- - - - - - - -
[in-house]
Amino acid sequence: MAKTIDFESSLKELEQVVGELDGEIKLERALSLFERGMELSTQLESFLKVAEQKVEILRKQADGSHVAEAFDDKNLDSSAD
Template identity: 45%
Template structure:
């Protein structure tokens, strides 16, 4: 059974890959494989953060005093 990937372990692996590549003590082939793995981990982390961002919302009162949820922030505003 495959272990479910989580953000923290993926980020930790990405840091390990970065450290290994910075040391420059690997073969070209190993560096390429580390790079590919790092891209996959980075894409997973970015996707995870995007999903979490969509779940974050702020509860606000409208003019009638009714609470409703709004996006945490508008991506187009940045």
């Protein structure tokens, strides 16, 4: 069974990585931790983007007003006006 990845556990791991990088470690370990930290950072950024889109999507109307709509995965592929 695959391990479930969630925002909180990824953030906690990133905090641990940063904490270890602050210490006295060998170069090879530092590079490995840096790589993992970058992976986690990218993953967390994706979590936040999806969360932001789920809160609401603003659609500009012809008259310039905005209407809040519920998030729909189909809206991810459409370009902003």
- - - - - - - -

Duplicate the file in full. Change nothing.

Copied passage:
[in-house]
Amino acid sequence: MAKTIDFESSLKELEQVVGELDGEIKLERALSLFERGMELSTQLESFLKVAEQKVEILRKQADGSHVAEAFDDKNLDSSAD
Template identity: 45%
Template structure:
């Protein structure tokens, strides 16, 4: 059974890959494989953060005093 990937372990692996590549003590082939793995981990982390961002919302009162949820922030505003 495959272990479910989580953000923290993926980020930790990405840091390990970065450290290994910075040391420059690997073969070209190993560096390429580390790079590919790092891209996959980075894409997973970015996707995870995007999903979490969509779940974050702020509860606000409208003019009638009714609470409703709004996006945490508008991506187009940045």
């Protein structure tokens, strides 16, 4: 069974990585931790983007007003006006 990845556990791991990088470690370990930290950072950024889109999507109307709509995965592929 695959391990479930969630925002909180990824953030906690990133905090641990940063904490270890602050210490006295060998170069090879530092590079490995840096790589993992970058992976986690990218993953967390994706979590936040999806969360932001789920809160609401603003659609500009012809008259310039905005209407809040519920998030729909189909809206991810459409370009902003």